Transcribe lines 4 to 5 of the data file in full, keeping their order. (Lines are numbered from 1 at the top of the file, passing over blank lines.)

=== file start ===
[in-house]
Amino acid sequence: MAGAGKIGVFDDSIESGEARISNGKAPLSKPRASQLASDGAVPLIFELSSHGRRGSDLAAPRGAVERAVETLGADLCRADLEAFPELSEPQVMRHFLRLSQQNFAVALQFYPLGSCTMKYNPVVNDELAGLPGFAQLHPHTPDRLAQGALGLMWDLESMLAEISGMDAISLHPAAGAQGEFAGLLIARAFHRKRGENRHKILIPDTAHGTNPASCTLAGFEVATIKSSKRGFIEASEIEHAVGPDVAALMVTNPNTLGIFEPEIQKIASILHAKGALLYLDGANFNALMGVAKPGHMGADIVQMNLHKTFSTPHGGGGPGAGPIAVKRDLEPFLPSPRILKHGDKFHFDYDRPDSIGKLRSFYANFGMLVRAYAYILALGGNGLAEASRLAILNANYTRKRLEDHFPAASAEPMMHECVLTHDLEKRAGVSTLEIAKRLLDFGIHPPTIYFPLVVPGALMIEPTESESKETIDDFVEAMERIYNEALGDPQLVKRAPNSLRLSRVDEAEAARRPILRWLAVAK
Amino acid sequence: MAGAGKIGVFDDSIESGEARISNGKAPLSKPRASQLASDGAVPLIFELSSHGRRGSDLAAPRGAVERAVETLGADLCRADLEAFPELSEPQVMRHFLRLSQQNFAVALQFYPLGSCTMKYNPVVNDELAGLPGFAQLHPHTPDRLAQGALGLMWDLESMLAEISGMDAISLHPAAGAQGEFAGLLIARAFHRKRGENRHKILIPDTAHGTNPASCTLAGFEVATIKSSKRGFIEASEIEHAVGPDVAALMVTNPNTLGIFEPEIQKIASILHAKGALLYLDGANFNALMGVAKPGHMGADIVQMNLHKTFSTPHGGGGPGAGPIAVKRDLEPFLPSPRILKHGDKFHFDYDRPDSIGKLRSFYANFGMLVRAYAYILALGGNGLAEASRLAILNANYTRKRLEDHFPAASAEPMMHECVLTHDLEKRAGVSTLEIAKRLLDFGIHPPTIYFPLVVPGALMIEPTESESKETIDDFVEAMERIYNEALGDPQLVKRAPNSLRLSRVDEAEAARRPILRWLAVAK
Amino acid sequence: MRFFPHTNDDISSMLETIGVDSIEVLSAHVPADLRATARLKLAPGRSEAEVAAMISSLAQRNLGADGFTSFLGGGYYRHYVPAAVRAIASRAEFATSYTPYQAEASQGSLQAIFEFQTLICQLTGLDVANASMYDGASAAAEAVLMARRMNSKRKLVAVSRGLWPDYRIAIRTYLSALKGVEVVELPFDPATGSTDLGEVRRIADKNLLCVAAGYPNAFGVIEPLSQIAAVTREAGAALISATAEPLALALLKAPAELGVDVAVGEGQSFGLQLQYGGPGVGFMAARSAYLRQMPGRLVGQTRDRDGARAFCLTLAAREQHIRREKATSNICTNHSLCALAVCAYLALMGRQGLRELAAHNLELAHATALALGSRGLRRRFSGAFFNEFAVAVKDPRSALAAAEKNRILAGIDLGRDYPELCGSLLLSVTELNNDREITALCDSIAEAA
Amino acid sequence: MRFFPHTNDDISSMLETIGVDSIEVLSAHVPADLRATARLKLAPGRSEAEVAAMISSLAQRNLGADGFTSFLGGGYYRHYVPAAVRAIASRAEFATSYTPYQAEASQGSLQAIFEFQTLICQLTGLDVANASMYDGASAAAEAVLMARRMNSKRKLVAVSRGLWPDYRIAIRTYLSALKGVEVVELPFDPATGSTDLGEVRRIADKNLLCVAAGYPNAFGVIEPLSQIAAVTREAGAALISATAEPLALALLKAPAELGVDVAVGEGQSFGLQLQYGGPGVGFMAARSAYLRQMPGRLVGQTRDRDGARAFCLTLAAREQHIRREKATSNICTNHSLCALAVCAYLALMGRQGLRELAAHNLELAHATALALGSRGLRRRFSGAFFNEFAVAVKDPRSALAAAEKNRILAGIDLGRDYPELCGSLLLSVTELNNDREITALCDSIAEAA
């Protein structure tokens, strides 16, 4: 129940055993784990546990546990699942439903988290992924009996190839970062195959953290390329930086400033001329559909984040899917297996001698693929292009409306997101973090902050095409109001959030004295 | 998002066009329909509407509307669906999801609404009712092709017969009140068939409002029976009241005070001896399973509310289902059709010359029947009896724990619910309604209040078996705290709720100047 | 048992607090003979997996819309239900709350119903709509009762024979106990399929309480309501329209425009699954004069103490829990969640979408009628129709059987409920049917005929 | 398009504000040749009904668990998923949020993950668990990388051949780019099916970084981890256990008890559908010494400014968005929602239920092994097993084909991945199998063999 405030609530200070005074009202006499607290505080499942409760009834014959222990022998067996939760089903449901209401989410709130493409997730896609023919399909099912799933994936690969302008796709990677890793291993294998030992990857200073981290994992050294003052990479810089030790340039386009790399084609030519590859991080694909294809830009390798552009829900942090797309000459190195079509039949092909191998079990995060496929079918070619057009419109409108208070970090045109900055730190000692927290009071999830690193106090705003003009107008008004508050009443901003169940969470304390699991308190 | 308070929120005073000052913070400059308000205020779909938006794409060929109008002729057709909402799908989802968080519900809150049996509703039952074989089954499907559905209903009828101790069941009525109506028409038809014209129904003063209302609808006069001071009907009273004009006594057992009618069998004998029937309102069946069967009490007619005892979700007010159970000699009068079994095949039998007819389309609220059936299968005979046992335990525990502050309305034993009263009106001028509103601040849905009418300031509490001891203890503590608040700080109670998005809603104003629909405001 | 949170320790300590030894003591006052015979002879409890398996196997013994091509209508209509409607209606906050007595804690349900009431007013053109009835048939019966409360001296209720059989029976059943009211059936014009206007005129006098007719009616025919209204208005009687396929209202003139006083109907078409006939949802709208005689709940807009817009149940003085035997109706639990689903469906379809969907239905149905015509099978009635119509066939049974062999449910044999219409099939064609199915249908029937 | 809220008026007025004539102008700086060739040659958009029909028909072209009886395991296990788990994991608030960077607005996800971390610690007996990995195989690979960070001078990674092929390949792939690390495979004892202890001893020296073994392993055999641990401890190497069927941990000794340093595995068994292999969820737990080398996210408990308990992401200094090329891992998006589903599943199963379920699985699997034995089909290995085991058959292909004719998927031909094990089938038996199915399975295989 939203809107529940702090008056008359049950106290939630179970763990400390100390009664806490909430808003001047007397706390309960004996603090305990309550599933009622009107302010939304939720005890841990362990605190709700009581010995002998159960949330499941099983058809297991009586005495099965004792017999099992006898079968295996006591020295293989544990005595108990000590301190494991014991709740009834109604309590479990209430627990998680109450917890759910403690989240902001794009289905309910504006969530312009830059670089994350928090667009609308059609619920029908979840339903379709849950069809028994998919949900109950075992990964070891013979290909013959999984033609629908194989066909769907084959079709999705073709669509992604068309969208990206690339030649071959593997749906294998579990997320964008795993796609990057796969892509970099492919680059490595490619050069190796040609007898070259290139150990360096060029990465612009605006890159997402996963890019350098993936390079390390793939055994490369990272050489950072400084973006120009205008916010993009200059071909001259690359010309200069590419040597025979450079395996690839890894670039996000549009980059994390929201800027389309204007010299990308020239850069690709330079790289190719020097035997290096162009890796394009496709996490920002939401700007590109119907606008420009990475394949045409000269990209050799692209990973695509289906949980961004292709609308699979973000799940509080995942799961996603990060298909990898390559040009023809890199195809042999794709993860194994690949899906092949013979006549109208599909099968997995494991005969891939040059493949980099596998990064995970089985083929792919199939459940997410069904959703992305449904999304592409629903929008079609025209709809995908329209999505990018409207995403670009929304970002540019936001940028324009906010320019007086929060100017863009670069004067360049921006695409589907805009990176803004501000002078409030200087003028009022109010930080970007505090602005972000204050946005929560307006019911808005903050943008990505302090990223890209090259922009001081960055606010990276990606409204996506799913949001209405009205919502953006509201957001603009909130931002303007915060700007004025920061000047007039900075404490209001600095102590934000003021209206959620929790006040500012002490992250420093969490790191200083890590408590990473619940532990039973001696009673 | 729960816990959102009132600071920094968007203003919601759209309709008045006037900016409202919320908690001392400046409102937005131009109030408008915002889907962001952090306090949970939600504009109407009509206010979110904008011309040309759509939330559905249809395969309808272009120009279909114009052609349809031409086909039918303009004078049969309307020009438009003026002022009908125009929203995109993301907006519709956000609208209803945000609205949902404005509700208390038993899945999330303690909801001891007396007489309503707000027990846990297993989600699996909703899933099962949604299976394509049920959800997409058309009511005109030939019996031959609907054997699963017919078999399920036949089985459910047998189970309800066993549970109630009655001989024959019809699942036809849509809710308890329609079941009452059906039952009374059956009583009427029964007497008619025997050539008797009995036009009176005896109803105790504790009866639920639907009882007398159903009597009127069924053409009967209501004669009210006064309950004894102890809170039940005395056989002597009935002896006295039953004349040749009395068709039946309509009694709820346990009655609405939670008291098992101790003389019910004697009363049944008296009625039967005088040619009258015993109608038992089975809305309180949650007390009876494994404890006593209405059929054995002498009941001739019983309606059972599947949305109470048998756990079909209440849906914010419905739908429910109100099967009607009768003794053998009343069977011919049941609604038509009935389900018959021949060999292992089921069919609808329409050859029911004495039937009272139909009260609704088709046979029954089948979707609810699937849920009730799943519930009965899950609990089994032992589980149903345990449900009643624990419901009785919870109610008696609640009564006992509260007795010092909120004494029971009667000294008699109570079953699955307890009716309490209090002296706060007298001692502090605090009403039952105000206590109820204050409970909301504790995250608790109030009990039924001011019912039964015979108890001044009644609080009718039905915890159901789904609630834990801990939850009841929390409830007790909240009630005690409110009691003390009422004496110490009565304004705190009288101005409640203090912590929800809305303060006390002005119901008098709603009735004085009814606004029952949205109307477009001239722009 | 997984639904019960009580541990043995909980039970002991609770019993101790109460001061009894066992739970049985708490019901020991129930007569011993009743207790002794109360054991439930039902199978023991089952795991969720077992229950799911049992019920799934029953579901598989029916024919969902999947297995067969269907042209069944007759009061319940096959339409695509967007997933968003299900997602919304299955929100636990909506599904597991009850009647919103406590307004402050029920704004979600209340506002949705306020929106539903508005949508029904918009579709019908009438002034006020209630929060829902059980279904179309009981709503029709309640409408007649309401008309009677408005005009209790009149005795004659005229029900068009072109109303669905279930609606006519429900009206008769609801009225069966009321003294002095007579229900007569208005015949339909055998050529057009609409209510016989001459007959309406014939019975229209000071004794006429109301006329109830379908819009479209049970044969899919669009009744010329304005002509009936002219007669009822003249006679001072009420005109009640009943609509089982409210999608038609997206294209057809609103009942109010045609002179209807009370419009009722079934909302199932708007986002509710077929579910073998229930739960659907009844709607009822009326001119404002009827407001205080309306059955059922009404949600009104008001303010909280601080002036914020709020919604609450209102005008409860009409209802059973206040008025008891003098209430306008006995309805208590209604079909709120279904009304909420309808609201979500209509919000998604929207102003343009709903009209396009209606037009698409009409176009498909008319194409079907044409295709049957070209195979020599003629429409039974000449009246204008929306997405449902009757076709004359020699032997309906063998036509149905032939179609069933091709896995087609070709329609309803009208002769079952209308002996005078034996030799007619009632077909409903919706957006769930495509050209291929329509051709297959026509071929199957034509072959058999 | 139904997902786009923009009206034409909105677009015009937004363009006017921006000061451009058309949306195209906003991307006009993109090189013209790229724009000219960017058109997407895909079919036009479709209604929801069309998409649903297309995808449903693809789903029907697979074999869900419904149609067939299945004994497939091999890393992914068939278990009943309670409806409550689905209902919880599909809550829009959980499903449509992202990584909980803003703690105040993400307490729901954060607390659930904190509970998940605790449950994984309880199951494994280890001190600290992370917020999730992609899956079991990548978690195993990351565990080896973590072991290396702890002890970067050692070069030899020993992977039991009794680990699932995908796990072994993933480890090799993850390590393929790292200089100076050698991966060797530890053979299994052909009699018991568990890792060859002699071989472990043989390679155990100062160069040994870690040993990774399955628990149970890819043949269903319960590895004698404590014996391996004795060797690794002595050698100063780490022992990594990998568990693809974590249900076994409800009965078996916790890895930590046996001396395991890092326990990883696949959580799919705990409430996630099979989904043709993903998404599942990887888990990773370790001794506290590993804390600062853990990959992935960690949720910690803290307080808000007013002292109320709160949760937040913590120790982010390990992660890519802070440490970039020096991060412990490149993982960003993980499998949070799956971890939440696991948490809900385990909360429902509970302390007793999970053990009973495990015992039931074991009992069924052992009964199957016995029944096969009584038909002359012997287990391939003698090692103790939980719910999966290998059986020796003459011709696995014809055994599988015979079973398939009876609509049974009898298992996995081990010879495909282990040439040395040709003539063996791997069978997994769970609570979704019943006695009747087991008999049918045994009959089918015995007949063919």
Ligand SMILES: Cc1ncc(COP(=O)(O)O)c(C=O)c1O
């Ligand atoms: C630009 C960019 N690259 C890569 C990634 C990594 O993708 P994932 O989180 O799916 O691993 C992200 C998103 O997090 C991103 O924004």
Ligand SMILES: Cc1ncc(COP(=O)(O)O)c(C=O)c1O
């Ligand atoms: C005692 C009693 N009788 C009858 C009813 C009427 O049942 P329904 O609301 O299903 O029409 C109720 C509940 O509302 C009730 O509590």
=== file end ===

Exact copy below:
Amino acid sequence: MRFFPHTNDDISSMLETIGVDSIEVLSAHVPADLRATARLKLAPGRSEAEVAAMISSLAQRNLGADGFTSFLGGGYYRHYVPAAVRAIASRAEFATSYTPYQAEASQGSLQAIFEFQTLICQLTGLDVANASMYDGASAAAEAVLMARRMNSKRKLVAVSRGLWPDYRIAIRTYLSALKGVEVVELPFDPATGSTDLGEVRRIADKNLLCVAAGYPNAFGVIEPLSQIAAVTREAGAALISATAEPLALALLKAPAELGVDVAVGEGQSFGLQLQYGGPGVGFMAARSAYLRQMPGRLVGQTRDRDGARAFCLTLAAREQHIRREKATSNICTNHSLCALAVCAYLALMGRQGLRELAAHNLELAHATALALGSRGLRRRFSGAFFNEFAVAVKDPRSALAAAEKNRILAGIDLGRDYPELCGSLLLSVTELNNDREITALCDSIAEAA
Amino acid sequence: MRFFPHTNDDISSMLETIGVDSIEVLSAHVPADLRATARLKLAPGRSEAEVAAMISSLAQRNLGADGFTSFLGGGYYRHYVPAAVRAIASRAEFATSYTPYQAEASQGSLQAIFEFQTLICQLTGLDVANASMYDGASAAAEAVLMARRMNSKRKLVAVSRGLWPDYRIAIRTYLSALKGVEVVELPFDPATGSTDLGEVRRIADKNLLCVAAGYPNAFGVIEPLSQIAAVTREAGAALISATAEPLALALLKAPAELGVDVAVGEGQSFGLQLQYGGPGVGFMAARSAYLRQMPGRLVGQTRDRDGARAFCLTLAAREQHIRREKATSNICTNHSLCALAVCAYLALMGRQGLRELAAHNLELAHATALALGSRGLRRRFSGAFFNEFAVAVKDPRSALAAAEKNRILAGIDLGRDYPELCGSLLLSVTELNNDREITALCDSIAEAA